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Vagabond

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Posts posted by Vagabond


  1. Interesting discussion.

     

    As an all-rounder, fishing all over the world,I own a lot of reels, from big game down through various multipliers (boat and surfcasting ) baitcasters, spincasters,closed face reels, fixed spools, (most with bale arms, my old Mitchell with claw pick-up) centrerpins and fly reels from #12 for tarpon down to a #2 for brooklet fishing.

     

    I had to learn to be reasonably proficient with all of them, but always concentrated on accuracy rather than distance, especially on the small freshwater waters I was brought up on.

     

    For sea fishing with multipliers i prefer righthand wind, but for most freshwater work I use lefthand wind because the master hand (my righthand) is of more use in controlling the rod.

     

    The odd one out is baitcasting - my smaller reels are of the " spincaster " closed-face variety with lefthand wind - but my larger ones are multipliers, and because they were purchased in the USA are righthand wind. It has never bothered me, I cast with right hand , and as the lure drops into the water I automatically switch the rod to my left hand to wind in righthanded.. Have always fished that way - each to his own preference


  2. As ever, one must be wary of confusing correlation with causation.

    The Earth has only warmed by a fraction of a degree and while I have no idea whether there are fossil records relating to cattle egrets, my first question would relate to changing land usage. A lot of northern hemisphere temperate and cool temperate forests have been cleared in the last couple of millennia to create pasture for large bovines.

    There could be a clue in the name of the bird in question somewhere....

    That is exactly what I was implying in my reference to "agriculture"

     

    but the northward spread of the Great Egret is less easily explained. Its first breeding recorded in the UK was about 2012, and there have been several instances since, There may well be factors involved other than temperature change, but so far nothing credible has been suggested


  3. A mate of mine recently cited the appearance of birds such as egrets in the UK as evidence of global warming but it turns out that one need only look as far as Wikipedia to kill that argument.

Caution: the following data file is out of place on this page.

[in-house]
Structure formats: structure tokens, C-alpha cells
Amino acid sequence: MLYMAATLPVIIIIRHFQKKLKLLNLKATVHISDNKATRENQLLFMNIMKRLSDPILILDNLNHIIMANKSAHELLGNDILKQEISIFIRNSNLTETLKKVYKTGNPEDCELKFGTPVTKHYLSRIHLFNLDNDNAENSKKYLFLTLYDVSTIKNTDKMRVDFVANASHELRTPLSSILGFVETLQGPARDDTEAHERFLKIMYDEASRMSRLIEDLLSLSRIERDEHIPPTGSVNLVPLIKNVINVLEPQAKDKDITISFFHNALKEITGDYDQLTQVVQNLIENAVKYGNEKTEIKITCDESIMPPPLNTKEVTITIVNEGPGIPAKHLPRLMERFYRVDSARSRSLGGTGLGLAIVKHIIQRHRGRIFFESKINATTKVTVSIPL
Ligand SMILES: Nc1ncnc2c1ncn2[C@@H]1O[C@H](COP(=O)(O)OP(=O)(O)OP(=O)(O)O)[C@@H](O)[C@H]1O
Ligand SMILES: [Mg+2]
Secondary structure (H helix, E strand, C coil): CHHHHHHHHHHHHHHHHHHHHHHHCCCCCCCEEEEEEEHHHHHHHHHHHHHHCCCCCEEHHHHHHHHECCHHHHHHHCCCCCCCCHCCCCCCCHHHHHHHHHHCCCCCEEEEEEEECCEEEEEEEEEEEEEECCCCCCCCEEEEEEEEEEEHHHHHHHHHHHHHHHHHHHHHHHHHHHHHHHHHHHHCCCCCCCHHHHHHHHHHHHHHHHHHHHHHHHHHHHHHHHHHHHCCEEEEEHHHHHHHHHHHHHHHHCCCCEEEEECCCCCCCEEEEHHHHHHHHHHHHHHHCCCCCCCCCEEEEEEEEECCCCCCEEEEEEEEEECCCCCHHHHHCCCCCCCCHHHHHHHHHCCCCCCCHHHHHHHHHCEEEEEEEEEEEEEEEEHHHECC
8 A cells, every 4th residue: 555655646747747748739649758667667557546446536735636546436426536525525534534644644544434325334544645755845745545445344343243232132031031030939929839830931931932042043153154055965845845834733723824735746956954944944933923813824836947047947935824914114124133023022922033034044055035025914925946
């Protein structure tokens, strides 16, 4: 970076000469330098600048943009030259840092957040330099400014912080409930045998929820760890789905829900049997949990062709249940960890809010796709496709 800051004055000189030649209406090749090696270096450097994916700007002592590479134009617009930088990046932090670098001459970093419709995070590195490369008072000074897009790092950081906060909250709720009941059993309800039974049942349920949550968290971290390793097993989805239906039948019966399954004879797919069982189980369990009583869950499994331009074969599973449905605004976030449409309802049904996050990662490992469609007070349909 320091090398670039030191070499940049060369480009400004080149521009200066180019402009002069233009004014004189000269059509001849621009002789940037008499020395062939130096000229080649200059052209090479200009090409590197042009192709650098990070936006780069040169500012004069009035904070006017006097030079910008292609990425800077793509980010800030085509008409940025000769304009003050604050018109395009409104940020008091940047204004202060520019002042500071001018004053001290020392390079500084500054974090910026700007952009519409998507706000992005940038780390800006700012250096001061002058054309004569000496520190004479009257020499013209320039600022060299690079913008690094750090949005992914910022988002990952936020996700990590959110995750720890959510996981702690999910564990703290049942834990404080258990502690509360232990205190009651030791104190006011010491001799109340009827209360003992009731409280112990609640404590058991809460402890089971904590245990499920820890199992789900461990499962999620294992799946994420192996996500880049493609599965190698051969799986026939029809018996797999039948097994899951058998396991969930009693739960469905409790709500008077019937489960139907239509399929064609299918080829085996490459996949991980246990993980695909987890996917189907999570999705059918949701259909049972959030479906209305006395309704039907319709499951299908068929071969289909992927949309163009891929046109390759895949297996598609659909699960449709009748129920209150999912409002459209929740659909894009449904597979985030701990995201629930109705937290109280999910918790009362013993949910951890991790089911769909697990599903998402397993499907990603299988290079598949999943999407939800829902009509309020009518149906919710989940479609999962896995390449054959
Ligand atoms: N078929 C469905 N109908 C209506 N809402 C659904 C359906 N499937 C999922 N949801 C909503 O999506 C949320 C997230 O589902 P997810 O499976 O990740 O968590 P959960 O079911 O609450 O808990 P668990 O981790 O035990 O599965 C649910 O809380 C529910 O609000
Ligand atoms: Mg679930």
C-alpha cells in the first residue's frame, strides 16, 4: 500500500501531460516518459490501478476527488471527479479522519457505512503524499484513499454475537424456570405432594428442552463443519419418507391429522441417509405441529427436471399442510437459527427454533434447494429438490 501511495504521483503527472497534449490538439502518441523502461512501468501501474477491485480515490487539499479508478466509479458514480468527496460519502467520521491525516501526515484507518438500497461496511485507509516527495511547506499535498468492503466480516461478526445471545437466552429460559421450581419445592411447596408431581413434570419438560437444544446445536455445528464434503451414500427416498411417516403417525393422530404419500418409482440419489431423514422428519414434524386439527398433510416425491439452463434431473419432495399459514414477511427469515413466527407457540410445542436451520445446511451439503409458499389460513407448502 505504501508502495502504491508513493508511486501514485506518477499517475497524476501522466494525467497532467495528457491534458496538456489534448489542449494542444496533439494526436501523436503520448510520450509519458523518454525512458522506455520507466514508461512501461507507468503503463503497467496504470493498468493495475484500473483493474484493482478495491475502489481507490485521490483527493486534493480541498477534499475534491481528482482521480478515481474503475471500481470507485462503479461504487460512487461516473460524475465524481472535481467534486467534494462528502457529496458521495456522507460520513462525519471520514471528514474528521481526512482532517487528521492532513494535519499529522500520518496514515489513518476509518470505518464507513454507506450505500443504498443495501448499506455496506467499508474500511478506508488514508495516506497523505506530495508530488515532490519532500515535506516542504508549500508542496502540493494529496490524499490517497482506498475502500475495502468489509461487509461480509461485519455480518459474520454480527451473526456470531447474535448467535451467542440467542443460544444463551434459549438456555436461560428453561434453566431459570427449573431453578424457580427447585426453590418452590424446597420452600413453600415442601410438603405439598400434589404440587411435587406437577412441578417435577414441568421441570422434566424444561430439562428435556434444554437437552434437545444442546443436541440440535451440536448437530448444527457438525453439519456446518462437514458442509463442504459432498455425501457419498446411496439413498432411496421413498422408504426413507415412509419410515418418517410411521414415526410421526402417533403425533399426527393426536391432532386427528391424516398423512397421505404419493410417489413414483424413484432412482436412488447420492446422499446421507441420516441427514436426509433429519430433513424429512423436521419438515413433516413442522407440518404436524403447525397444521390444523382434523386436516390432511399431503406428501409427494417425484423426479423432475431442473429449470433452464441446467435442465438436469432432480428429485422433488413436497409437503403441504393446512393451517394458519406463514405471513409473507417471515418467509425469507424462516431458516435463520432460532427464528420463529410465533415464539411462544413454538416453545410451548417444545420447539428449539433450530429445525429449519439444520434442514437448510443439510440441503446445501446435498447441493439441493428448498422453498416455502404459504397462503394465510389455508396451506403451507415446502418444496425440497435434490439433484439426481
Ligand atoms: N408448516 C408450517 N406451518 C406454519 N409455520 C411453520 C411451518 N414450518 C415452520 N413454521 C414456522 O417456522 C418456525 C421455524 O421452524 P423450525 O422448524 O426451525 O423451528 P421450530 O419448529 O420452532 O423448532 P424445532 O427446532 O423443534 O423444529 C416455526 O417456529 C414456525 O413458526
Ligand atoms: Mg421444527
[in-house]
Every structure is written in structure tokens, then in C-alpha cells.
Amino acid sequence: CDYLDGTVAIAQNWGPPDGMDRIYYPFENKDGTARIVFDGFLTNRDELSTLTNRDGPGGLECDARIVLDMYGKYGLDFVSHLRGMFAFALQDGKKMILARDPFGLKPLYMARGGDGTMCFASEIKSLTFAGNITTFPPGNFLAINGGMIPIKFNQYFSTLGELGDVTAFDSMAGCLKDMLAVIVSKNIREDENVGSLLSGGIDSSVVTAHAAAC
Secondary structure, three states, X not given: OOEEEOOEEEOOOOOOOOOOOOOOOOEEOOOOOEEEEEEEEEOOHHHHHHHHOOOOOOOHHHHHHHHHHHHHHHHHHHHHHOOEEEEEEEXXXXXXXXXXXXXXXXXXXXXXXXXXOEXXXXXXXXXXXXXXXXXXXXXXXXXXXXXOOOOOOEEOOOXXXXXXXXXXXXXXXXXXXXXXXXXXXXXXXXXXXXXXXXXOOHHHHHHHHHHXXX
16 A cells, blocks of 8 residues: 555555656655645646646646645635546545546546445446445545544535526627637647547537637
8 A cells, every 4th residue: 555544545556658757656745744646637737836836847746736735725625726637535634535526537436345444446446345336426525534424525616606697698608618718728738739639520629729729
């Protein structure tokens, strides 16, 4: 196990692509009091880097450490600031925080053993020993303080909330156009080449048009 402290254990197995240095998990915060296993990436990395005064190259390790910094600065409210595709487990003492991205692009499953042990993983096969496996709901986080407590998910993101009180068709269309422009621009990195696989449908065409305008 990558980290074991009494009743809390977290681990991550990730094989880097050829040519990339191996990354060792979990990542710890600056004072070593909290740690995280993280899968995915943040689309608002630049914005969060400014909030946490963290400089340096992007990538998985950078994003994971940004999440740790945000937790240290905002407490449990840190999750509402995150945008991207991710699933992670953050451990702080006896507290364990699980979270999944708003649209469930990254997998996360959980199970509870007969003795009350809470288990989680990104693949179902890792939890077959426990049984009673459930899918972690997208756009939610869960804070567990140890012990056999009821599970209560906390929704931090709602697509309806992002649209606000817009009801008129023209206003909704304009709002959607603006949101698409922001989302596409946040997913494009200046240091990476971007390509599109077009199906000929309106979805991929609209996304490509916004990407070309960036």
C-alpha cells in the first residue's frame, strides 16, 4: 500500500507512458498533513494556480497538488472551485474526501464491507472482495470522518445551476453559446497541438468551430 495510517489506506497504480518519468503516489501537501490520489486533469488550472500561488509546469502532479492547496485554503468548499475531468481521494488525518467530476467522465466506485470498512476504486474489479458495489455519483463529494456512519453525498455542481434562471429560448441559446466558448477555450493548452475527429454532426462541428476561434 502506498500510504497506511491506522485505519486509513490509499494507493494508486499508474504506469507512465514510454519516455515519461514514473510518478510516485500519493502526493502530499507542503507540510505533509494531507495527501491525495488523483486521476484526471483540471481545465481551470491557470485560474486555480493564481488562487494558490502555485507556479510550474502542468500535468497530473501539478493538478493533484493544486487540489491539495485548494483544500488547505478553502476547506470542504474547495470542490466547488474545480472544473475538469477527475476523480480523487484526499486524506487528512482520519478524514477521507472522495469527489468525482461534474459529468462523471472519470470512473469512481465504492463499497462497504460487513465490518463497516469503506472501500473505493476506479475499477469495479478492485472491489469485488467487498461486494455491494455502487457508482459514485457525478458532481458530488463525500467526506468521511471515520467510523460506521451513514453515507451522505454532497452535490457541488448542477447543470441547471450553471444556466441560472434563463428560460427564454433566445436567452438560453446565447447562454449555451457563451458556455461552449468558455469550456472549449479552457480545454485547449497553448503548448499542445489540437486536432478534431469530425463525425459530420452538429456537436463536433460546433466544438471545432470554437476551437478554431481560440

"....

    There has been a similar argument re cattle egrets. but that can be discounted in that cattle egrets are spreading worldwide into all sorts of wetland and agricultural habitats Towards, parallel to and away from the equator.

     

    However, the recent northward spread of the Great Egret is less easily explained except by global warming.

     

    There is no doubt that Earth is at the moment getting warmer - the climate of Earth has been changing ever since it was formed some 4.6 billion years ago - as Chesters said, sometimes getting warmer, sometimes getting cooler. Whether man can do anything about it is another matter. A logician might suggest reducing the human population back to that of the Palaeocene, but I can't see that view becoming popular rolleyes.gif


  4. There have afterall been close to 50 years of lies on the Europhile side, starting with Edward Heath assiduously cultivating the utterly misleading impression that belonging to the ‘Common Market’ would entail no loss of national sovereignty.

    "Come neighbours all ,both great and small ,

    Come listen to me here,

    I tell of a maid who was waylaid,

    By a Common Marketeer

    He wooed her with fair promises

    of foreign wines and grub,

    Then sad to say he had his way,

    and left her in the club"

    • Like 2

  5. Robert John ("Bob") Church aged 83

     

    Chevin and I had the privilege of fishing with Bob in the days before he became well-known for his tackle company and international fly fisherman. He was a keen coarse fisherman then, along with with his fellow members of the Northampton Specimen Group - I can remember an outing to Billing Aquadrome with some of them, including that most interesting character, Fred Wagstaffe, later of pike fishing fame.

     

    I seem well on course to be last man standing from that era, but Chevin at least is still with us AFAIK

    • Like 4

  6. Live fauna Squid (several sorts), octopus, lobster, crab, spider crab, mussel, goose barnacle, various sea anemones, usually attached to small rock, Various bits of various jellyfish freshwater mussel, crayfish (native and signal) terrapin, saltwater crocodile. swan, great crested grebe, frog, mallard, swallow (dry fly, on backcast ) pipistrelle bat (ditto)

     

    Dead fauna Skate skeleton, rat, cat,

     

    Live flora About 10 % of that listed in Plants of the World (including most of the world's seaweeds)

     

    Dead flora Similar 10% plus many mangrove roots

     

    Inaminate Two made up rod,reel and line outfits, bed chair, kettle, various tin cans, rags, small attache case, bottomless bucket, very old keep-net. Oh, and one made up carp oufit with live 5 lb carp attached, deliberately snagged the rod with a Mepps No 3 - the small boy who had left his rod unattended didn't say "fanks mister", only wanted to know if the fish counted in his match weight laugh.png

     

    That's not an exhaustive list, just what I can recall off the top of my head


  7. I found, at the waterside, a pair of stainless steel artery forceps which were CAMOUFLAGED. (which is presumably why the previous owner had failed to find them)

     

    Scraped the paint off, they are now gleaming silver. Find lots of fancy floats also, Keep them in my tackle box but have never found a use for them (see porcupine quill thread)


  8. My "go to" float for short range still water fishing (ie up to a couple of rod lengths) A splash of paint on the tip (fluo orange , yellow, scarlet or matt black according to background and lighting) and a slice of cycle valve rubber each end. Sorted